JAK Interest-free Banking in Sweden

Part 1 - Ethics

This part introduces the JAK bank in a very simple way, and then mostly makes an argument (which we already understand) about why our virtual (exponential, interest-based, debt-based) economy is unethical and ultimately unsustainable.
"Money is produced as a loan, mostly. In the OCD countries, only 3% of the money is produced as coins and notes. The rest of it is debt. And debt has to be repaid with interest. To avoid getting inflation, everything you use money for also has to grow at the same pace as you increase the money. And money has to be increased, because you need to repay the earlier years' debt with interest.

What are the problems linked with and interest based-economy?
The main problem is that it forces people to borrow more money each year in order to pay the interest on the loans they already have. If you dn't do that you have to cut your other expenses in order to pay thie interest, and this means you have to choose between exponential debt growth or a rapid increasing unemployment.

Now in September (2007) the ECB is going to raise again the interest rate on moeny, they say to counteract inflation. But this is quite wrong. I've done some statistical researches that analyze Swedish society over a perioud of 20 years. It very clearly shows that about 4 months after you have raised the interest, you get an increase in invlation, a price increas. And then between 8 and 9 months after a raise of interest, you get an increase in unemployement. And this will ahve an impact on the prices downward, but this downward is not so big as the initial rise of the prices. if you rise the interest by 1%, you will get an increase in inflation about 0.5%."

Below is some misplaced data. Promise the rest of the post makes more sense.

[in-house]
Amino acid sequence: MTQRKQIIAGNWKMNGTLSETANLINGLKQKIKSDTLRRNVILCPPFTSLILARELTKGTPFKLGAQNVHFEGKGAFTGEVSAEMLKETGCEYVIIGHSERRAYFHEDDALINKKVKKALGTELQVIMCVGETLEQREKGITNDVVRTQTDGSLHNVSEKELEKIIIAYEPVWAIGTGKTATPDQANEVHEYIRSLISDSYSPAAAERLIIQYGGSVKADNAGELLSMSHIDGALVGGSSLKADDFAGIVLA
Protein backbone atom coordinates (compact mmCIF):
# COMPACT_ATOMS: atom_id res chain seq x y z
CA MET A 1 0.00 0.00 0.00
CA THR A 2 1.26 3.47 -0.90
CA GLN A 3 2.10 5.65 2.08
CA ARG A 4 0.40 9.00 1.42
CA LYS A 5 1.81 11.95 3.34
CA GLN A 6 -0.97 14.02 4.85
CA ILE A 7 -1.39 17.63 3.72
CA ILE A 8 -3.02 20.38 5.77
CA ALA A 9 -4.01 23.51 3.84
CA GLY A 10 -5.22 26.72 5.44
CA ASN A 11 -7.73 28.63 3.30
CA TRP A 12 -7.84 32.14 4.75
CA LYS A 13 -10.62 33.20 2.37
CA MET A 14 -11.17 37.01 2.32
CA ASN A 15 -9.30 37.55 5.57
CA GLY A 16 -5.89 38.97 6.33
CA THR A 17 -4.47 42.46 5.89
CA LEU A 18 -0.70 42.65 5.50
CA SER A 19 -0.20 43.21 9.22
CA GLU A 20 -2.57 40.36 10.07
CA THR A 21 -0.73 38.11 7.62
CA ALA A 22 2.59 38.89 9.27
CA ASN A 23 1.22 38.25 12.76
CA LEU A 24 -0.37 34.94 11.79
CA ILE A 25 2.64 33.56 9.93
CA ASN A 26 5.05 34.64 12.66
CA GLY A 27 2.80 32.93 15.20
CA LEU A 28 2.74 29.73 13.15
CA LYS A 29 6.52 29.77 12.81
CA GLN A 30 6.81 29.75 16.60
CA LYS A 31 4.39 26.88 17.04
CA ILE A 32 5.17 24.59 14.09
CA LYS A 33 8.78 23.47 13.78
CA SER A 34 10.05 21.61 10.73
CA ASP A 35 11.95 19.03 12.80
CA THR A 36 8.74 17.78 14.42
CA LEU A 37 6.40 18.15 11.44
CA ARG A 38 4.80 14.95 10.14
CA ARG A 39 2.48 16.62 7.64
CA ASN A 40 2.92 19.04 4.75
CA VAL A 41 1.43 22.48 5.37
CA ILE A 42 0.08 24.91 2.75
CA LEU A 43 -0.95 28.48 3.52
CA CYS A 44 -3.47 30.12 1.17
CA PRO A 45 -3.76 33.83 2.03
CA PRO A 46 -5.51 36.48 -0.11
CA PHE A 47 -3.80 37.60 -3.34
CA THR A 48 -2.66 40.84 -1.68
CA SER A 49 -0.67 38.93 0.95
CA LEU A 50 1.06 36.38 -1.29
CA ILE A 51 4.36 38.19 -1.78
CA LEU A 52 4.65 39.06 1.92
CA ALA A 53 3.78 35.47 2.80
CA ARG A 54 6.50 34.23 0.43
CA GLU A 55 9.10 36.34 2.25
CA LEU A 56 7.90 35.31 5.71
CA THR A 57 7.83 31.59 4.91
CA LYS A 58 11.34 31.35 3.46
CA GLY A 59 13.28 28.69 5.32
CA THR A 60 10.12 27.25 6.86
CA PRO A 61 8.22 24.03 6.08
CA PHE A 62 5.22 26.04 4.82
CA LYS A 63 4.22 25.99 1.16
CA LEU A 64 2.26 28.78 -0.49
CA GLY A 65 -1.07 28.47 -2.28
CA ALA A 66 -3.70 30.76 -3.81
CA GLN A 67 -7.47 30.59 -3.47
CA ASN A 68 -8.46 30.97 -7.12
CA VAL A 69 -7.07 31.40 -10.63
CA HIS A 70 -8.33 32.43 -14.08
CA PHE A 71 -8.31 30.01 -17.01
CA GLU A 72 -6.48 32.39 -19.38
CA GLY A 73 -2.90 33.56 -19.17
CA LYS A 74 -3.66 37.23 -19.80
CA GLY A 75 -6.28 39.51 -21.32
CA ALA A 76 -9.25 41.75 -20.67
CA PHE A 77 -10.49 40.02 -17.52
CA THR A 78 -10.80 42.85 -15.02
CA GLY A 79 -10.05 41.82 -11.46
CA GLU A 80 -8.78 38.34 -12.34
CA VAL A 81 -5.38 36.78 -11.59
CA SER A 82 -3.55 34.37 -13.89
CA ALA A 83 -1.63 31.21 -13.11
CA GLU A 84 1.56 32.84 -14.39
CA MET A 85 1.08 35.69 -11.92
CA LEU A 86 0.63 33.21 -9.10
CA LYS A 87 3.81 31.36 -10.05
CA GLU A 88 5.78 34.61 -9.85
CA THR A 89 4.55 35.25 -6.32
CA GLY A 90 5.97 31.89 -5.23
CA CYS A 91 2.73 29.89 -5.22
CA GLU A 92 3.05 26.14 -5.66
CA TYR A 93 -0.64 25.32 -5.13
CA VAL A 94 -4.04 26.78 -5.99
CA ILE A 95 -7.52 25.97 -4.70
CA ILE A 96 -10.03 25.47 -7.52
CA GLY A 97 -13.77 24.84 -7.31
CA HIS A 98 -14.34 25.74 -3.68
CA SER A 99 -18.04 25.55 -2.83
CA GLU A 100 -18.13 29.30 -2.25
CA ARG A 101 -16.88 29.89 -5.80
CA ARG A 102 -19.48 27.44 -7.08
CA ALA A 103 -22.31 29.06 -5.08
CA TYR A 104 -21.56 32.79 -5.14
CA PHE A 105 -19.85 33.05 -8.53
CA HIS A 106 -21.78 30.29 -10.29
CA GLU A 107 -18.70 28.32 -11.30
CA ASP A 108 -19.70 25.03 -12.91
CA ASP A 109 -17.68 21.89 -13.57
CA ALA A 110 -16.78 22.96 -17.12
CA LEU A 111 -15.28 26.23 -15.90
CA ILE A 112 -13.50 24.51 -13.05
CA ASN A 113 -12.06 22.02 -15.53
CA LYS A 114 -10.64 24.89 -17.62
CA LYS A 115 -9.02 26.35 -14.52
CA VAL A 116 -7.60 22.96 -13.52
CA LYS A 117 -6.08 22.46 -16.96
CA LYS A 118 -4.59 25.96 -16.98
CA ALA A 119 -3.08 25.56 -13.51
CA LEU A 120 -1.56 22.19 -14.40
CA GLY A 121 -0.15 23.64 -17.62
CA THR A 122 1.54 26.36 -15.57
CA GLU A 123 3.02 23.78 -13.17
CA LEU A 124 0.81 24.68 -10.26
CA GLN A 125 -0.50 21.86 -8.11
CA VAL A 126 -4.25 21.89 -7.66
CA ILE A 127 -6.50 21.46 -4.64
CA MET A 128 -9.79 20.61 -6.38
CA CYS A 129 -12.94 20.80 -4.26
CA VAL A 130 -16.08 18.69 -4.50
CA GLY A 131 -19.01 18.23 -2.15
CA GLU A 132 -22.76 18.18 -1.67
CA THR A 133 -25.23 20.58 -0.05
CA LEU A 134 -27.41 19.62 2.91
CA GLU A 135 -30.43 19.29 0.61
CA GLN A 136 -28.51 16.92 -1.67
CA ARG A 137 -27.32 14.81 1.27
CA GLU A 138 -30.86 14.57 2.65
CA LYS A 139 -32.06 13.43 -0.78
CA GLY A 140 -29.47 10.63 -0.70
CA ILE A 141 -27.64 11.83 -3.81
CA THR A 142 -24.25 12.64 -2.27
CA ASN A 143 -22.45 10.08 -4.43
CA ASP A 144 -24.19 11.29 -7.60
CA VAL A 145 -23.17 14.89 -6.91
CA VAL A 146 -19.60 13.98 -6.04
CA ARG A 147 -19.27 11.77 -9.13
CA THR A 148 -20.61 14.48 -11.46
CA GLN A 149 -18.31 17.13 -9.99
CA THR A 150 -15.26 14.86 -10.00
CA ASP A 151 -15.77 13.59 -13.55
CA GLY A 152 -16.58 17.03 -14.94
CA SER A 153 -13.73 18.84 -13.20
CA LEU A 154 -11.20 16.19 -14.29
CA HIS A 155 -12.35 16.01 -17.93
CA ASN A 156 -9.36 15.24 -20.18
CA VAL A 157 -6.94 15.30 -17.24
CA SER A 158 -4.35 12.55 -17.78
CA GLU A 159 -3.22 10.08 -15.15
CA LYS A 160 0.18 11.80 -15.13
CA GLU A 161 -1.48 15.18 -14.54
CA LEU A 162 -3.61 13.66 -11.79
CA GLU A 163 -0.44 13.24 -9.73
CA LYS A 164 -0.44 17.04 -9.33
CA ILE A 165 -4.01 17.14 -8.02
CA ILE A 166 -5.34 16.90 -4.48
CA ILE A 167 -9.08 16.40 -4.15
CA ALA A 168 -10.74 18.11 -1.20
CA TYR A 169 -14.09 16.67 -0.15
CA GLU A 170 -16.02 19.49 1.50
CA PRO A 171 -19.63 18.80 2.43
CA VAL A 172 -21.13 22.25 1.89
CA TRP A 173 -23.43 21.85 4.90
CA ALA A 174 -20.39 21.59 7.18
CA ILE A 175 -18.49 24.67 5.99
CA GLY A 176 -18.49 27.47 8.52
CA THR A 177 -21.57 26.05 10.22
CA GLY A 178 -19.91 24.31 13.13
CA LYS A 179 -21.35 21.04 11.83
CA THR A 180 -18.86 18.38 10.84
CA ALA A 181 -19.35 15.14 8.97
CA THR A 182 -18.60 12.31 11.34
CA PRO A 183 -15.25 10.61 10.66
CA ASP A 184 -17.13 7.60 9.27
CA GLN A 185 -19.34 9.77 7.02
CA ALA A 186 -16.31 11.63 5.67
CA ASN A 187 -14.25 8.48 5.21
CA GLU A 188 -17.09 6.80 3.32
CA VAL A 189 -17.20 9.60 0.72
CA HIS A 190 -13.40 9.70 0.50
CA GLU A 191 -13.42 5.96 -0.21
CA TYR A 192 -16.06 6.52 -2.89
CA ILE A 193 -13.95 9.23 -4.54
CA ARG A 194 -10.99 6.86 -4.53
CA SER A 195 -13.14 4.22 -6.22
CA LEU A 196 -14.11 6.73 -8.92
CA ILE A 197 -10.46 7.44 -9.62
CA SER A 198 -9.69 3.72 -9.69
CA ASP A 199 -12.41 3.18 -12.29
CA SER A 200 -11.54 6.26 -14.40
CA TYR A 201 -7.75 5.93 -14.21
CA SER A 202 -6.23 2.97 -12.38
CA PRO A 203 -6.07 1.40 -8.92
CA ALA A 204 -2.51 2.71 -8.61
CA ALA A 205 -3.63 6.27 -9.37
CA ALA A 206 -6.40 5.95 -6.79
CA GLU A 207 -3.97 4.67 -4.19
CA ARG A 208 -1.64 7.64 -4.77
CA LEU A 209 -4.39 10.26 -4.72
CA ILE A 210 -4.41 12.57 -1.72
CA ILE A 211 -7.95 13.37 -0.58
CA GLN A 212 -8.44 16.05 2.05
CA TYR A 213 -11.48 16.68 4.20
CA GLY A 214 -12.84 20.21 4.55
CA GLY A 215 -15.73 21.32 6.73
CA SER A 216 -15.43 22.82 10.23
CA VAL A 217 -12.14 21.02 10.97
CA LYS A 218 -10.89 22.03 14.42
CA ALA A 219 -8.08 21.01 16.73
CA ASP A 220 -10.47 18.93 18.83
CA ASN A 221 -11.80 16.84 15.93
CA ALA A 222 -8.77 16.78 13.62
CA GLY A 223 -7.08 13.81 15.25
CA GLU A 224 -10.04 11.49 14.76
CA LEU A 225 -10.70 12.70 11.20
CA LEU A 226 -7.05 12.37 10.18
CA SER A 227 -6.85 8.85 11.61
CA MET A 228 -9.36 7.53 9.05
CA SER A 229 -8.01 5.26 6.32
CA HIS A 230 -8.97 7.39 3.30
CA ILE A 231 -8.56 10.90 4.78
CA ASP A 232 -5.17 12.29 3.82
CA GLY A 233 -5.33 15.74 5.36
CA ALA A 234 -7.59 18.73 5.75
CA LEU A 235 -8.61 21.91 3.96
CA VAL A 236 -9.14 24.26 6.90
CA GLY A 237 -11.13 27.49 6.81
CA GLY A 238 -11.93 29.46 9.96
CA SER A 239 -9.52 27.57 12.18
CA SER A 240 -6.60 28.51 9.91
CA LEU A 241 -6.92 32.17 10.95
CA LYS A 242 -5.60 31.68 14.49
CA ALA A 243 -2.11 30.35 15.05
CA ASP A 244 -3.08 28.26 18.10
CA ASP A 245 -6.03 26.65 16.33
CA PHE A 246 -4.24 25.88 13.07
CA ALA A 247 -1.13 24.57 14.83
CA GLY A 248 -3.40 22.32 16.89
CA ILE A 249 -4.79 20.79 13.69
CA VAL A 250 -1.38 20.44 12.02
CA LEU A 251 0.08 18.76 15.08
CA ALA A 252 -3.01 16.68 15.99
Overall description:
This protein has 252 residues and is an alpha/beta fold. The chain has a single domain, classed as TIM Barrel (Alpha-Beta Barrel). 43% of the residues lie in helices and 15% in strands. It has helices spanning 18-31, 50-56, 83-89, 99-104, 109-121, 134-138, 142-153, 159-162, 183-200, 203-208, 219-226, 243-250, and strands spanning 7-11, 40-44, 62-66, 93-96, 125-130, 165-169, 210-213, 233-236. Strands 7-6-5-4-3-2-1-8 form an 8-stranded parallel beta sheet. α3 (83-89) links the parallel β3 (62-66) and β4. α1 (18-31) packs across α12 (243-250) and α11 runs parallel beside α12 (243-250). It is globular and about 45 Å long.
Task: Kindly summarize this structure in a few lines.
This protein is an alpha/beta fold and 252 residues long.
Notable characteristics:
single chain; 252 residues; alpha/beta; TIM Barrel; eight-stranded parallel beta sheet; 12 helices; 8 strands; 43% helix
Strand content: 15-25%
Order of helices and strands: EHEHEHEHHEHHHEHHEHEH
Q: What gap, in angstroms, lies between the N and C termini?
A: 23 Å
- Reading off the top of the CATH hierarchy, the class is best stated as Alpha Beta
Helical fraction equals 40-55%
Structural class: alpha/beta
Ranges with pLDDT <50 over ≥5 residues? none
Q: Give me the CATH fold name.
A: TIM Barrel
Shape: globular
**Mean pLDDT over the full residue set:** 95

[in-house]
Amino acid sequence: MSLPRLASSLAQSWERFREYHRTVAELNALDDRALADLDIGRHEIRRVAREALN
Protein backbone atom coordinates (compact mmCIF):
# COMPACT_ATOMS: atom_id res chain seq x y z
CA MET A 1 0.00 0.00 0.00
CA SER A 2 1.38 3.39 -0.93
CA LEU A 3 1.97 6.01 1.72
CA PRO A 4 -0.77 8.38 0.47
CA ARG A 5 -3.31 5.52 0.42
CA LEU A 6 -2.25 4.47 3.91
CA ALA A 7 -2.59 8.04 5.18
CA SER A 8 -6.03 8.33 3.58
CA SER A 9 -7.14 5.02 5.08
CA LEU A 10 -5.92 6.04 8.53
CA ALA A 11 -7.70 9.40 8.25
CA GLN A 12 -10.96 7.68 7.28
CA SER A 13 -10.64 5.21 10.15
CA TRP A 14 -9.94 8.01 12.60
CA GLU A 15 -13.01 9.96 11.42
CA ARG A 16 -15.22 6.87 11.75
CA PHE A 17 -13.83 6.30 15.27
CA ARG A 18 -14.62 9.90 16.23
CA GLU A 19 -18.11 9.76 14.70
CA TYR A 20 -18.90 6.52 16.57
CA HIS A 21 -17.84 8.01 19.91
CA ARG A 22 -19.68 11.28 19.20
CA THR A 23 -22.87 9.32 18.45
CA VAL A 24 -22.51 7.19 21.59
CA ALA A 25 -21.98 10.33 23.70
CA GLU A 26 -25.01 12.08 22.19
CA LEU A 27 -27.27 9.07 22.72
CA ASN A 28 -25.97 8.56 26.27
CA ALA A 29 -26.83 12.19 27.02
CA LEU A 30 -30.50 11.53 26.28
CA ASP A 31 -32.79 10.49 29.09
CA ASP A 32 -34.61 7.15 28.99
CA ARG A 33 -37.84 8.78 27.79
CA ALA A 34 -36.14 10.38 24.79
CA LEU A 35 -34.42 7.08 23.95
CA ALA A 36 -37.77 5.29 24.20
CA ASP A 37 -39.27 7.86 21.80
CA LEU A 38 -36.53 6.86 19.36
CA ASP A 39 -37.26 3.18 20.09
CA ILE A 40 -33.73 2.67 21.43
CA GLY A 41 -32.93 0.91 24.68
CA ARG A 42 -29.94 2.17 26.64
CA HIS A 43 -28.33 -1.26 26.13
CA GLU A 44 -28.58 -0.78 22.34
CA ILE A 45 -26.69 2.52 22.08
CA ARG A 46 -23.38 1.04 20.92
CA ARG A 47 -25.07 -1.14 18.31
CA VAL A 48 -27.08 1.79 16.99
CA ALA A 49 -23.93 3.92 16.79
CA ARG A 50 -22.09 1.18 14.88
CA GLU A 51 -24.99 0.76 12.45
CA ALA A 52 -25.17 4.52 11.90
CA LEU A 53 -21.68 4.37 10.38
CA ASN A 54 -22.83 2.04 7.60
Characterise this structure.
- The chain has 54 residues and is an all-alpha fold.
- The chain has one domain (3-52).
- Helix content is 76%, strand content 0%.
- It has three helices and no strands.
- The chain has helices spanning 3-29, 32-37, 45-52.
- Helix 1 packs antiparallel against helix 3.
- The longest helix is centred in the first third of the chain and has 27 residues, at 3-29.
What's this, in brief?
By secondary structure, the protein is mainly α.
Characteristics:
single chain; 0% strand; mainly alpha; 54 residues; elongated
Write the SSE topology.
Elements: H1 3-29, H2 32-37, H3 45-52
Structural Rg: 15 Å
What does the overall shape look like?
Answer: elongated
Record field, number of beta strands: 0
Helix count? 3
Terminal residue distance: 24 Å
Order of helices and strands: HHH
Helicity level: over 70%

Part 2 Techniques

0:45 Begins the explanation of the bank. I would like to discuss this, why it works out equivalent to a 2.5% interest rate on the loan.
2:06 Post-saving, or after-saving: The member pays back the loan, and then is allowed to withdraw the resulting savings. It seems that in a way, she gets the money twice.
3:11 Savings are not the same as savings points.

Since there is no interest given to members, won't a member who only saves and doesn't borrow lose money?
Answer at 4:22. The point is supporting the community. When the community is wealthy and stable, everyone benefits. So saving your money in this way is not about individual profit, it's about profiting the whole group, and making the community viable. The JAK bank is mostly staffed by volunteers.
"Loaning as a mutual service among people, that is the financial heresy of JAK bank."



A question: Would this bank be legal in Taiwan?


Some other points to consider:
It's a kind of virtual bank
JAK is a virtual bank in the sense that it has no branches and business cannot be transacted in person. A necessary and prudent decision since the membership of JAK is quite spread out over a large country, and also resulting in no bias against rural members who would have to travel much farther to their nearest branch. A result of this "virtual" status is that JAK members must have an account with another bank with which to conduct their day-to-day financial affairs. Members transfer money into or out of their JAK basic account via post giro, bank giro or Internet into their other accounts. With improvements in technology and the changing financial infrastructure, JAK hopes in the near future to offer direct deposit of paycheques and credit/debit card facilities to its members. For some members, this might negate the need to bank elsewhere.

Low Default Rate